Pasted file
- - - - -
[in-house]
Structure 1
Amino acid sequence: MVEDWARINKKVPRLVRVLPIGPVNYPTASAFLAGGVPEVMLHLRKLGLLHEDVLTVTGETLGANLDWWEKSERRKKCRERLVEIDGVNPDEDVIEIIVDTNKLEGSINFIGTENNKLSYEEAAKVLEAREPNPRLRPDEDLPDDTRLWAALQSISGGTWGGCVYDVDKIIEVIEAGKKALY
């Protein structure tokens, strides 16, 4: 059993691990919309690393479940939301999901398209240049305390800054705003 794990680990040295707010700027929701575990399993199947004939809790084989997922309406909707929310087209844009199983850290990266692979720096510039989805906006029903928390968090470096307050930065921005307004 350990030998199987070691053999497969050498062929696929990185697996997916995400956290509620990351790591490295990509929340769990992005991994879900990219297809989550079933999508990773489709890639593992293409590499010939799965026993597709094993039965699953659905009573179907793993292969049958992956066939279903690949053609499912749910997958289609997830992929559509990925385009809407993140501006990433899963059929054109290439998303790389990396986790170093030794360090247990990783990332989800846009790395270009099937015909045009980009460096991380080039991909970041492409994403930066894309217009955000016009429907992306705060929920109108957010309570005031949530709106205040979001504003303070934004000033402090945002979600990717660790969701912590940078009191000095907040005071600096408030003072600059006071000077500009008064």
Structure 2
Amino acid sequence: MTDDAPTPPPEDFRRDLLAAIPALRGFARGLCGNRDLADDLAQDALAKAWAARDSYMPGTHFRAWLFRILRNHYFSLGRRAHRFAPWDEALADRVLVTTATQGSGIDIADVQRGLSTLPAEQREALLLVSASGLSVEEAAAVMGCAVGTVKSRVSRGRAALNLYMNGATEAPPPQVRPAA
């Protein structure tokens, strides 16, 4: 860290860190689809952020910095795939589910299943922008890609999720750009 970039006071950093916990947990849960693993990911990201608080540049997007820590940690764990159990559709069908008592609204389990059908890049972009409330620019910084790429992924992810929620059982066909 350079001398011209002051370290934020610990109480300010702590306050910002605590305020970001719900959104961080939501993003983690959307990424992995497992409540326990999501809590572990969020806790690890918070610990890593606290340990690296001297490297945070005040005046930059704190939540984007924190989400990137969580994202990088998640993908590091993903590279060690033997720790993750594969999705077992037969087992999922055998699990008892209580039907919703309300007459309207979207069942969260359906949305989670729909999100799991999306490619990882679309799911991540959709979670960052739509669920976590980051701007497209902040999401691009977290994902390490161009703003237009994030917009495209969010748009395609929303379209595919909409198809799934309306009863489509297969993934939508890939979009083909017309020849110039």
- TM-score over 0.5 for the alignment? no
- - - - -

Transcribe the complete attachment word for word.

[in-house]
Structure 1
Amino acid sequence: MVEDWARINKKVPRLVRVLPIGPVNYPTASAFLAGGVPEVMLHLRKLGLLHEDVLTVTGETLGANLDWWEKSERRKKCRERLVEIDGVNPDEDVIEIIVDTNKLEGSINFIGTENNKLSYEEAAKVLEAREPNPRLRPDEDLPDDTRLWAALQSISGGTWGGCVYDVDKIIEVIEAGKKALY
């Protein structure tokens, strides 16, 4: 059993691990919309690393479940939301999901398209240049305390800054705003 794990680990040295707010700027929701575990399993199947004939809790084989997922309406909707929310087209844009199983850290990266692979720096510039989805906006029903928390968090470096307050930065921005307004 350990030998199987070691053999497969050498062929696929990185697996997916995400956290509620990351790591490295990509929340769990992005991994879900990219297809989550079933999508990773489709890639593992293409590499010939799965026993597709094993039965699953659905009573179907793993292969049958992956066939279903690949053609499912749910997958289609997830992929559509990925385009809407993140501006990433899963059929054109290439998303790389990396986790170093030794360090247990990783990332989800846009790395270009099937015909045009980009460096991380080039991909970041492409994403930066894309217009955000016009429907992306705060929920109108957010309570005031949530709106205040979001504003303070934004000033402090945002979600990717660790969701912590940078009191000095907040005071600096408030003072600059006071000077500009008064």
Structure 2
Amino acid sequence: MTDDAPTPPPEDFRRDLLAAIPALRGFARGLCGNRDLADDLAQDALAKAWAARDSYMPGTHFRAWLFRILRNHYFSLGRRAHRFAPWDEALADRVLVTTATQGSGIDIADVQRGLSTLPAEQREALLLVSASGLSVEEAAAVMGCAVGTVKSRVSRGRAALNLYMNGATEAPPPQVRPAA
């Protein structure tokens, strides 16, 4: 860290860190689809952020910095795939589910299943922008890609999720750009 970039006071950093916990947990849960693993990911990201608080540049997007820590940690764990159990559709069908008592609204389990059908890049972009409330620019910084790429992924992810929620059982066909 350079001398011209002051370290934020610990109480300010702590306050910002605590305020970001719900959104961080939501993003983690959307990424992995497992409540326990999501809590572990969020806790690890918070610990890593606290340990690296001297490297945070005040005046930059704190939540984007924190989400990137969580994202990088998640993908590091993903590279060690033997720790993750594969999705077992037969087992999922055998699990008892209580039907919703309300007459309207979207069942969260359906949305989670729909999100799991999306490619990882679309799911991540959709979670960052739509669920976590980051701007497209902040999401691009977290994902390490161009703003237009994030917009495209969010748009395609929303379209595919909409198809799934309306009863489509297969993934939508890939979009083909017309020849110039």
- TM-score over 0.5 for the alignment? no